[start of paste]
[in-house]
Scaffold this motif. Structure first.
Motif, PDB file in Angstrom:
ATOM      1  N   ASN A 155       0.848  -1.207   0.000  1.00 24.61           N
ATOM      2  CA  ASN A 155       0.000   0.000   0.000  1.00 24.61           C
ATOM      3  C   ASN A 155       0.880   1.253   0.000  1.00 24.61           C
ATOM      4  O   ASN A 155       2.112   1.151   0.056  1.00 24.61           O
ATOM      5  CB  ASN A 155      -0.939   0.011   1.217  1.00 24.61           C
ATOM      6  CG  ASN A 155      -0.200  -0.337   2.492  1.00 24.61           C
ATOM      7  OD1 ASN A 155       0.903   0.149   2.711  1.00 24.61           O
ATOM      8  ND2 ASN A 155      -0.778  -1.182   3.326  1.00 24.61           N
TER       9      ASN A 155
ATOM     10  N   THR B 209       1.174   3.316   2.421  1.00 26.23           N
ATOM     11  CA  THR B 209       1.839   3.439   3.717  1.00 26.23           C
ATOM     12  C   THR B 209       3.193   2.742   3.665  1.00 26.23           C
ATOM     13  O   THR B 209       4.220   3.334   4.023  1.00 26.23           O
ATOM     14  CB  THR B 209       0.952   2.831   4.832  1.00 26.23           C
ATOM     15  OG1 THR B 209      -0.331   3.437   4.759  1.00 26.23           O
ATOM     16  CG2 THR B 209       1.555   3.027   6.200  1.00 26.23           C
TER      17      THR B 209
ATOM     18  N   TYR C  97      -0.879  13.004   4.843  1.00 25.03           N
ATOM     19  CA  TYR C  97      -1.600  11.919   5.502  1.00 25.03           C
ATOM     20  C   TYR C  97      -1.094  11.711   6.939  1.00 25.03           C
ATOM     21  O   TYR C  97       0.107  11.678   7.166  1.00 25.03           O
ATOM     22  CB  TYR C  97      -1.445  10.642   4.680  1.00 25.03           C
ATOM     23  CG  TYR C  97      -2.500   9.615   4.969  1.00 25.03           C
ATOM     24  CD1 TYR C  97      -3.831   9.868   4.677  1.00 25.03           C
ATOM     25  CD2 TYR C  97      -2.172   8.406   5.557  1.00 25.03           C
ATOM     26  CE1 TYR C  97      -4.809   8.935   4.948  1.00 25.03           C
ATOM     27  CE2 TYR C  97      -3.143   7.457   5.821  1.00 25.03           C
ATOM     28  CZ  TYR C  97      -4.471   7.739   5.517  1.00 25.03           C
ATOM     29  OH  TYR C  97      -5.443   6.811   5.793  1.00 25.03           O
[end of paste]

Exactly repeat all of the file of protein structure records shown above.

[in-house]
Scaffold this motif. Structure first.
Motif, PDB file in Angstrom:
ATOM      1  N   ASN A 155       0.848  -1.207   0.000  1.00 24.61           N
ATOM      2  CA  ASN A 155       0.000   0.000   0.000  1.00 24.61           C
ATOM      3  C   ASN A 155       0.880   1.253   0.000  1.00 24.61           C
ATOM      4  O   ASN A 155       2.112   1.151   0.056  1.00 24.61           O
ATOM      5  CB  ASN A 155      -0.939   0.011   1.217  1.00 24.61           C
ATOM      6  CG  ASN A 155      -0.200  -0.337   2.492  1.00 24.61           C
ATOM      7  OD1 ASN A 155       0.903   0.149   2.711  1.00 24.61           O
ATOM      8  ND2 ASN A 155      -0.778  -1.182   3.326  1.00 24.61           N
TER       9      ASN A 155
ATOM     10  N   THR B 209       1.174   3.316   2.421  1.00 26.23           N
ATOM     11  CA  THR B 209       1.839   3.439   3.717  1.00 26.23           C
ATOM     12  C   THR B 209       3.193   2.742   3.665  1.00 26.23           C
ATOM     13  O   THR B 209       4.220   3.334   4.023  1.00 26.23           O
ATOM     14  CB  THR B 209       0.952   2.831   4.832  1.00 26.23           C
ATOM     15  OG1 THR B 209      -0.331   3.437   4.759  1.00 26.23           O
ATOM     16  CG2 THR B 209       1.555   3.027   6.200  1.00 26.23           C
TER      17      THR B 209
ATOM     18  N   TYR C  97      -0.879  13.004   4.843  1.00 25.03           N
ATOM     19  CA  TYR C  97      -1.600  11.919   5.502  1.00 25.03           C
ATOM     20  C   TYR C  97      -1.094  11.711   6.939  1.00 25.03           C
ATOM     21  O   TYR C  97       0.107  11.678   7.166  1.00 25.03           O
ATOM     22  CB  TYR C  97      -1.445  10.642   4.680  1.00 25.03           C
ATOM     23  CG  TYR C  97      -2.500   9.615   4.969  1.00 25.03           C
ATOM     24  CD1 TYR C  97      -3.831   9.868   4.677  1.00 25.03           C
ATOM     25  CD2 TYR C  97      -2.172   8.406   5.557  1.00 25.03           C
ATOM     26  CE1 TYR C  97      -4.809   8.935   4.948  1.00 25.03           C
ATOM     27  CE2 TYR C  97      -3.143   7.457   5.821  1.00 25.03           C
ATOM     28  CZ  TYR C  97      -4.471   7.739   5.517  1.00 25.03           C
ATOM     29  OH  TYR C  97      -5.443   6.811   5.793  1.00 25.03           O